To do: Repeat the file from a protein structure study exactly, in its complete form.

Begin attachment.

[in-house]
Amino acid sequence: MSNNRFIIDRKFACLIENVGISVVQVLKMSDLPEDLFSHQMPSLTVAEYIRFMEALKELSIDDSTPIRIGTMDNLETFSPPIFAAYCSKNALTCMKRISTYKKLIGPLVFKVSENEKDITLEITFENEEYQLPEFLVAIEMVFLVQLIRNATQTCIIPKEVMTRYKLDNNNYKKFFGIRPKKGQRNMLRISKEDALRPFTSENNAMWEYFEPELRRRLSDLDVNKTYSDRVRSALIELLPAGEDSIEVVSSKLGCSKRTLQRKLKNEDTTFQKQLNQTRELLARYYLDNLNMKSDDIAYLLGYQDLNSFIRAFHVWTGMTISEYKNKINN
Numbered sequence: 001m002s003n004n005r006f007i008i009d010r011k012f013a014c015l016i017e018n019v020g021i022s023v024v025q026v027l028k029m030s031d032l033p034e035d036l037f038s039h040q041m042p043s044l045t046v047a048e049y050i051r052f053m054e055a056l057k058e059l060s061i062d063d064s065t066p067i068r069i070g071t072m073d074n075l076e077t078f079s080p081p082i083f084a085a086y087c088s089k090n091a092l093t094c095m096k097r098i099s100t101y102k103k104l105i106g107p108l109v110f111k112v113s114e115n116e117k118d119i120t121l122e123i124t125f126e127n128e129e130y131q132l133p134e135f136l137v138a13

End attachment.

[in-house]
Amino acid sequence: MSNNRFIIDRKFACLIENVGISVVQVLKMSDLPEDLFSHQMPSLTVAEYIRFMEALKELSIDDSTPIRIGTMDNLETFSPPIFAAYCSKNALTCMKRISTYKKLIGPLVFKVSENEKDITLEITFENEEYQLPEFLVAIEMVFLVQLIRNATQTCIIPKEVMTRYKLDNNNYKKFFGIRPKKGQRNMLRISKEDALRPFTSENNAMWEYFEPELRRRLSDLDVNKTYSDRVRSALIELLPAGEDSIEVVSSKLGCSKRTLQRKLKNEDTTFQKQLNQTRELLARYYLDNLNMKSDDIAYLLGYQDLNSFIRAFHVWTGMTISEYKNKINN
Numbered sequence: 001m002s003n004n005r006f007i008i009d010r011k012f013a014c015l016i017e018n019v020g021i022s023v024v025q026v027l028k029m030s031d032l033p034e035d036l037f038s039h040q041m042p043s044l045t046v047a048e049y050i051r052f053m054e055a056l057k058e059l060s061i062d063d064s065t066p067i068r069i070g071t072m073d074n075l076e077t078f079s080p081p082i083f084a085a086y087c088s089k090n091a092l093t094c095m096k097r098i099s100t101y102k103k104l105i106g107p108l109v110f111k112v113s114e115n116e117k118d119i120t121l122e123i124t125f126e127n128e129e130y131q132l133p134e135f136l137v138a13